Serious Sibling Rivalry

October 1, 2014
By Tara Haelle

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Sand tiger sharks are predators even before they are born. Credit: Tara Haelle,

Survival of the fittest has been a law of nature since the beginning of life, but sometimes that struggle begins earlier than we might think. For baby sand tiger sharks, the fight literally begins even before they are born.

The female sand tiger has two wombs, but she does not have litters twice as large as other sharks. In fact, she only gives birth to two particularly strong, feisty pups. Newborn sand tiger sharks have keen eyesight and sharp teeth that have already tasted the blood of their siblings – or half siblings.

Their mother, like all female sand tiger sharks, mates with multiple males, all of whom fertilize eggs that end up in one uterus or the other. The baby sharks hatch from those eggs while still in the womb, but only the first hatchling is likely to make it out alive. The first shark embryo in each uterus to break out of its egg cannibalizes the barely younger brothers and sisters who share the womb. These protein-rich meals help the hatchling grow so rapidly that it it’s more than three feet long when it’s born – and therefore not an easy meal for predators.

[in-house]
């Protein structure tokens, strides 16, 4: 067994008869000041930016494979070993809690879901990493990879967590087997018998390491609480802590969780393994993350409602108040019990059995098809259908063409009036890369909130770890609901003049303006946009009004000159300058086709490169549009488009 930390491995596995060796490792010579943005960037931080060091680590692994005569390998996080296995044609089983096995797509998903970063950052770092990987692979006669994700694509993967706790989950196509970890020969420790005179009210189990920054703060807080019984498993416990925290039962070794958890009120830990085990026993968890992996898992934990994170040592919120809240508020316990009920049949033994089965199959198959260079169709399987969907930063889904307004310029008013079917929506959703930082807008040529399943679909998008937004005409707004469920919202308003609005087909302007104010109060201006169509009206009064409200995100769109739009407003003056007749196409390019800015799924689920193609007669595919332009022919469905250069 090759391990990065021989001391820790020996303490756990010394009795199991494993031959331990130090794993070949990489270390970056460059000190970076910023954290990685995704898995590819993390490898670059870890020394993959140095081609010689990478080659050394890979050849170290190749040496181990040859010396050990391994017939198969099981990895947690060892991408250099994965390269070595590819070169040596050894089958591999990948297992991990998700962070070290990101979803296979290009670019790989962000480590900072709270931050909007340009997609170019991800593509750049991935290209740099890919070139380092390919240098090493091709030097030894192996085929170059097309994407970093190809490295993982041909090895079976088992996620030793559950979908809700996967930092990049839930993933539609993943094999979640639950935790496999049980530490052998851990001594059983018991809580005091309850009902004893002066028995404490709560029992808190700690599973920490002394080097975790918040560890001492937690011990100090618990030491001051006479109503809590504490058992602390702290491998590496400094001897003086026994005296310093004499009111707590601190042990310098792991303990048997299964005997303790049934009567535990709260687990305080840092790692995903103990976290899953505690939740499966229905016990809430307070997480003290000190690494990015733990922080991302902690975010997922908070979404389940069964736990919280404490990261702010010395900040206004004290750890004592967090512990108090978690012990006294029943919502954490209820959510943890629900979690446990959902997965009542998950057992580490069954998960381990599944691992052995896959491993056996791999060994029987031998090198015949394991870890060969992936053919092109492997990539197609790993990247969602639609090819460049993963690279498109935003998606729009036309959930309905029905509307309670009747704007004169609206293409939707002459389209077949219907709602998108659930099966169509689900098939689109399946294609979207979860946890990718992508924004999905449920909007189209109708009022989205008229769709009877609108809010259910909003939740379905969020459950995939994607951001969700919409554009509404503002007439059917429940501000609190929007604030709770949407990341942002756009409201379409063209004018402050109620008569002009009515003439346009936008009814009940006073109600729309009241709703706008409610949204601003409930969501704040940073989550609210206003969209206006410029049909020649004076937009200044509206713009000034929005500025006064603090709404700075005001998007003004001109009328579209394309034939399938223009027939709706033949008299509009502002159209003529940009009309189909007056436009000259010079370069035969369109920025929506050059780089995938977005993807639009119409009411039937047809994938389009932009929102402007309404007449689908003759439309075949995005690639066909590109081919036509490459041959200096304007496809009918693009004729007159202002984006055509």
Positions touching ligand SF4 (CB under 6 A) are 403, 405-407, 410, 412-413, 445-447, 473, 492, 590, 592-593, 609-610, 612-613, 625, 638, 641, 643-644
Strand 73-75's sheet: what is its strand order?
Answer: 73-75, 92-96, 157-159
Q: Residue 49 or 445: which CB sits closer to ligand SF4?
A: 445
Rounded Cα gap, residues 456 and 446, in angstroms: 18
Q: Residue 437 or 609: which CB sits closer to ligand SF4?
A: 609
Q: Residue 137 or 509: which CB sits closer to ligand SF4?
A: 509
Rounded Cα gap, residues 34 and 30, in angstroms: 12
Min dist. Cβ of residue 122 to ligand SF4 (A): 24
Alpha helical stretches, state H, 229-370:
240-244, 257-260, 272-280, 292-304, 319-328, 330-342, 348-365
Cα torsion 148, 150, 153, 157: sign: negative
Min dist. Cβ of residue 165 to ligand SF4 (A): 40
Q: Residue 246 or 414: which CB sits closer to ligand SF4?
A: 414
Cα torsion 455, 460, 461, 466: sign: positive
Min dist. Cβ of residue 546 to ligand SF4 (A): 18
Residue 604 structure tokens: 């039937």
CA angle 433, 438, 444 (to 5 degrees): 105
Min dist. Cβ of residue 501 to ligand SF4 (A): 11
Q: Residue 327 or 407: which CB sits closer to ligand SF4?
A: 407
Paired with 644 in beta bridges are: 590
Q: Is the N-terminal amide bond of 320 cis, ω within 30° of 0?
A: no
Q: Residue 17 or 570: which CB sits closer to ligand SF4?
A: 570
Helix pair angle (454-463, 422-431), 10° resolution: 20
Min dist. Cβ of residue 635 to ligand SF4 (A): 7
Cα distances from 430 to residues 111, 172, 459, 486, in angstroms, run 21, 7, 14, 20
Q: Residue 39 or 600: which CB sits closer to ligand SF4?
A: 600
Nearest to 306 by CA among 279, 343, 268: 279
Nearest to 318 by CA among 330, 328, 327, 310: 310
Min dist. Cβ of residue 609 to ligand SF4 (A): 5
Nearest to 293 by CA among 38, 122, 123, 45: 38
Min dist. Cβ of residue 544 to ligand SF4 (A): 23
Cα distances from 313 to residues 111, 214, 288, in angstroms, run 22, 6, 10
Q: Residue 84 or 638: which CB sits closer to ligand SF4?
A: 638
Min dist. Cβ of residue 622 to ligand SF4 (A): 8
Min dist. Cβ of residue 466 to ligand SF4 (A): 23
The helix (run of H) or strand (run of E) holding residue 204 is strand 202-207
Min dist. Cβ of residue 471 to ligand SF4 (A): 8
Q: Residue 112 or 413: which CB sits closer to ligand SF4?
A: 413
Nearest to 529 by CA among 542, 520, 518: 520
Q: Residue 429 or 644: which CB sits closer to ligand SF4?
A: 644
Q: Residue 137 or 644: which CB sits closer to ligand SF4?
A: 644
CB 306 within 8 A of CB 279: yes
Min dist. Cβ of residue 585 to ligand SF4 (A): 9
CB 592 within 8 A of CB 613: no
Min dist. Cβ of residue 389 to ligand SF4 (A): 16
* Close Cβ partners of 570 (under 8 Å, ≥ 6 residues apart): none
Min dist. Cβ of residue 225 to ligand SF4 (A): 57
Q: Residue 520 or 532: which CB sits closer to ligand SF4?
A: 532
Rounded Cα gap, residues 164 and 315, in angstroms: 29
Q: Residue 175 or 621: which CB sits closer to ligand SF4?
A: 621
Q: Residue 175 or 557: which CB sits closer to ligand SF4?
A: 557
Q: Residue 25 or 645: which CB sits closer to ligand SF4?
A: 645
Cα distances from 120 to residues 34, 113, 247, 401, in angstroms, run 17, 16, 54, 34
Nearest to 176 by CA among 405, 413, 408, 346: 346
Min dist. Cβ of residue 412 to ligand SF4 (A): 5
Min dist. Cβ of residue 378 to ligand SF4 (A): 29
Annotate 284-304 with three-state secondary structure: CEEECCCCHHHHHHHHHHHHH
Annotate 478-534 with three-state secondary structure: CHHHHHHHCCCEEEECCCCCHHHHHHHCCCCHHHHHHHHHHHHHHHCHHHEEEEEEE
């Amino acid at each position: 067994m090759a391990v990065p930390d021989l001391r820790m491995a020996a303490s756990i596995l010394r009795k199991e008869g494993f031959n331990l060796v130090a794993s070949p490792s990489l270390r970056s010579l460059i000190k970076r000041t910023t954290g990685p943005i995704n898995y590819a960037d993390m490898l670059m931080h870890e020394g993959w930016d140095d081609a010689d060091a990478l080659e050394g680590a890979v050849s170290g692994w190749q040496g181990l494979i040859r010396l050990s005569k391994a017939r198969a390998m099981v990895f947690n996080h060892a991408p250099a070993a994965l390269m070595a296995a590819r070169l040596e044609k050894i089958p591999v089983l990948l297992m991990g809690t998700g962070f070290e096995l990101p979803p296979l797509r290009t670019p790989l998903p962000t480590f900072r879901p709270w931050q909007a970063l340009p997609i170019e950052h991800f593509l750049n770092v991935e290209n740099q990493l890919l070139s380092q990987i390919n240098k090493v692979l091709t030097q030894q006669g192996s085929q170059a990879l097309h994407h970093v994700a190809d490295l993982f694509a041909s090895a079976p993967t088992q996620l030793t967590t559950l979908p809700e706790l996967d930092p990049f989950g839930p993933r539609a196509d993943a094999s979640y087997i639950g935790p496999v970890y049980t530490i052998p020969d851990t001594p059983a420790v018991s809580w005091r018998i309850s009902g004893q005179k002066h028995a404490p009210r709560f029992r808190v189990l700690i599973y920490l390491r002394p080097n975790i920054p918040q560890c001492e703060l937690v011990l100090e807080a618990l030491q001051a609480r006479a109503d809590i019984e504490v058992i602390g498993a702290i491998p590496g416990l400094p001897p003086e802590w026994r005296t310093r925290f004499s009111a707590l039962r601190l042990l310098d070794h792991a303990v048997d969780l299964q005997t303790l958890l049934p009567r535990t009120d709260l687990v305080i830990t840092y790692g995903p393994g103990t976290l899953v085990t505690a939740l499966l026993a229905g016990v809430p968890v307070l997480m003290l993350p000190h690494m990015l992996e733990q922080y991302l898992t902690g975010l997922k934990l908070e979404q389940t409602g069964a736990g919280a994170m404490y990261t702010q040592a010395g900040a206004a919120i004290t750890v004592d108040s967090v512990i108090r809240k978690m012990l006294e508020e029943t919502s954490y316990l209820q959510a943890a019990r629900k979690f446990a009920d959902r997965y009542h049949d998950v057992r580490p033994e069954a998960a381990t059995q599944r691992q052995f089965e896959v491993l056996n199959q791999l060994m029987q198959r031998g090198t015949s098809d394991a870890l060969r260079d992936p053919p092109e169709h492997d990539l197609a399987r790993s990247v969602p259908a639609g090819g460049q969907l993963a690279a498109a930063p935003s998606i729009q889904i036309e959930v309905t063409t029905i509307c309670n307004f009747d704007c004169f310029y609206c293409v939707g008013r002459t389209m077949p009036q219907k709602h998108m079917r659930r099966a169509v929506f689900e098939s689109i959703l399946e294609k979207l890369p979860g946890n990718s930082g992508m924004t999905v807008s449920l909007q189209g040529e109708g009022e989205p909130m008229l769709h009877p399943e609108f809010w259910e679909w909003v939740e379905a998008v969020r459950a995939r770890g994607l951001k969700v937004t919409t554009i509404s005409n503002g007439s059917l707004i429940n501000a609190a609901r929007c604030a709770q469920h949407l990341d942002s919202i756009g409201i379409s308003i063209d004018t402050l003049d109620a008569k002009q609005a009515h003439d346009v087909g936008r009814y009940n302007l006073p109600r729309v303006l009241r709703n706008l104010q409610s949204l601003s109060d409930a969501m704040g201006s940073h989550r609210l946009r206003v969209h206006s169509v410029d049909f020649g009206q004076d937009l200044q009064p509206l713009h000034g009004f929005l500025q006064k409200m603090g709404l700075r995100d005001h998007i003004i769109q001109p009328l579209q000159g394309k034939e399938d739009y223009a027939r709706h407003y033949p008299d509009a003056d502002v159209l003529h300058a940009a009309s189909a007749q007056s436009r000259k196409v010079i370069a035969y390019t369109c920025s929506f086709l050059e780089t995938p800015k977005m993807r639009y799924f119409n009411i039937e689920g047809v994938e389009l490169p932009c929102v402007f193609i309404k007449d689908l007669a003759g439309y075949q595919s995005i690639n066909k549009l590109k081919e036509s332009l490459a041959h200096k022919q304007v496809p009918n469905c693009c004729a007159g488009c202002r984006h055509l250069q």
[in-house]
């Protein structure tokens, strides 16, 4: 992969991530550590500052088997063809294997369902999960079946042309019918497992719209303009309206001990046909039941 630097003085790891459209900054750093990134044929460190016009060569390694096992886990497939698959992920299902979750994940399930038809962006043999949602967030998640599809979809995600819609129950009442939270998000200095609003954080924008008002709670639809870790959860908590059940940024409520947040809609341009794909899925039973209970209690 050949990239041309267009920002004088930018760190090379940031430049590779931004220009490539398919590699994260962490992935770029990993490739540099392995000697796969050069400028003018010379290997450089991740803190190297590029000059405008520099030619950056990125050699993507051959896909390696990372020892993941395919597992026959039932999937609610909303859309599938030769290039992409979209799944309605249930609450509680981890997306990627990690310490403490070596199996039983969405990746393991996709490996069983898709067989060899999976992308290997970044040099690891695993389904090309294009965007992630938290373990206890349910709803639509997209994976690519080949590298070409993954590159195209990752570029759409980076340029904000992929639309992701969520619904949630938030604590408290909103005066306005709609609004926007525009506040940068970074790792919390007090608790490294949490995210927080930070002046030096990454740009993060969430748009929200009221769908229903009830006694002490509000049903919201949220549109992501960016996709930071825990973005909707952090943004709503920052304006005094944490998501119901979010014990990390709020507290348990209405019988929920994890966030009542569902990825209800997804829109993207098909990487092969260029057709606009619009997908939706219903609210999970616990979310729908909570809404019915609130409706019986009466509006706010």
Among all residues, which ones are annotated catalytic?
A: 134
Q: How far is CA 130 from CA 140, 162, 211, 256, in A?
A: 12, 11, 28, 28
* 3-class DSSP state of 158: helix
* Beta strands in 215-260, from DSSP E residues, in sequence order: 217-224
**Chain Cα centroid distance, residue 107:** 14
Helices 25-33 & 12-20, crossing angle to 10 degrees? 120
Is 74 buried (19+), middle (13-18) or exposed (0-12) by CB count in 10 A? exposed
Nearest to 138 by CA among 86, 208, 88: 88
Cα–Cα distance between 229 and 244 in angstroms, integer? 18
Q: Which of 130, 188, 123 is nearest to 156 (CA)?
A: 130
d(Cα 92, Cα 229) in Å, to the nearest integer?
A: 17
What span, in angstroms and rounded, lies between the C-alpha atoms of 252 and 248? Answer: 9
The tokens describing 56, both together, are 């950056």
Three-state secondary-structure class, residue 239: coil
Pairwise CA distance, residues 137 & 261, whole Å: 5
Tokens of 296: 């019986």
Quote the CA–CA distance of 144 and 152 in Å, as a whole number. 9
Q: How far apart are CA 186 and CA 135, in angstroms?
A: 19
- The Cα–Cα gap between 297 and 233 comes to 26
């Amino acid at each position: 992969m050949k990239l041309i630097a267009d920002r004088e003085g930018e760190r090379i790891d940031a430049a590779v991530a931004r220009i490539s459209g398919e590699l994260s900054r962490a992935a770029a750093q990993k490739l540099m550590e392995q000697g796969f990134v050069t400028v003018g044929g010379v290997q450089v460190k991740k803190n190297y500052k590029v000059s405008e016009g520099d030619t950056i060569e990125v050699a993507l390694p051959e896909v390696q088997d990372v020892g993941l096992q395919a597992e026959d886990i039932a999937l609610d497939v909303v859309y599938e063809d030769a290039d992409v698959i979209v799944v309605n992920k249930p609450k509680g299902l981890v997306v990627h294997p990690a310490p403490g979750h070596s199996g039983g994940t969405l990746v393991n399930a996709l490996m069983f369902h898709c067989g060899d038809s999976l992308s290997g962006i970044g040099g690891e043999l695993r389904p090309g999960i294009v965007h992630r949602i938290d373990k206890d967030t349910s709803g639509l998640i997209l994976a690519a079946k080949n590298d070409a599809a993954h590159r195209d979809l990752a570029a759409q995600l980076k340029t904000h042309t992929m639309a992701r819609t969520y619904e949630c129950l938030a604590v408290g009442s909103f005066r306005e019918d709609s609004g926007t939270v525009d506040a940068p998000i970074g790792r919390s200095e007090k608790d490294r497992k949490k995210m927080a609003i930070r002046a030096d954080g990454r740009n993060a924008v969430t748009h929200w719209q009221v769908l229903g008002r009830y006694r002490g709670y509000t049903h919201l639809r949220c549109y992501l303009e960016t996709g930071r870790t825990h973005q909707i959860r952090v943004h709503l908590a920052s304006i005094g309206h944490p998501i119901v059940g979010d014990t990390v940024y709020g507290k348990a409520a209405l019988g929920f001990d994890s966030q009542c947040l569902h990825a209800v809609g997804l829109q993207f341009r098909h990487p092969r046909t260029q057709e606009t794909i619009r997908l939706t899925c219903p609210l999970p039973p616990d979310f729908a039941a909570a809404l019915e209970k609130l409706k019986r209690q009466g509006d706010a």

In a study led by Demian Chapman at Stony Brook University in New York, researchers discovered that the two birth victors are often only half-siblings, and the rest of the males who mated with the female lose out entirely on passing along their genes. While this intense sibling rivalry sounds vicious, it ensures that baby sand tigers have a fin up on other sharks from day one and are more likely to survive to adulthood.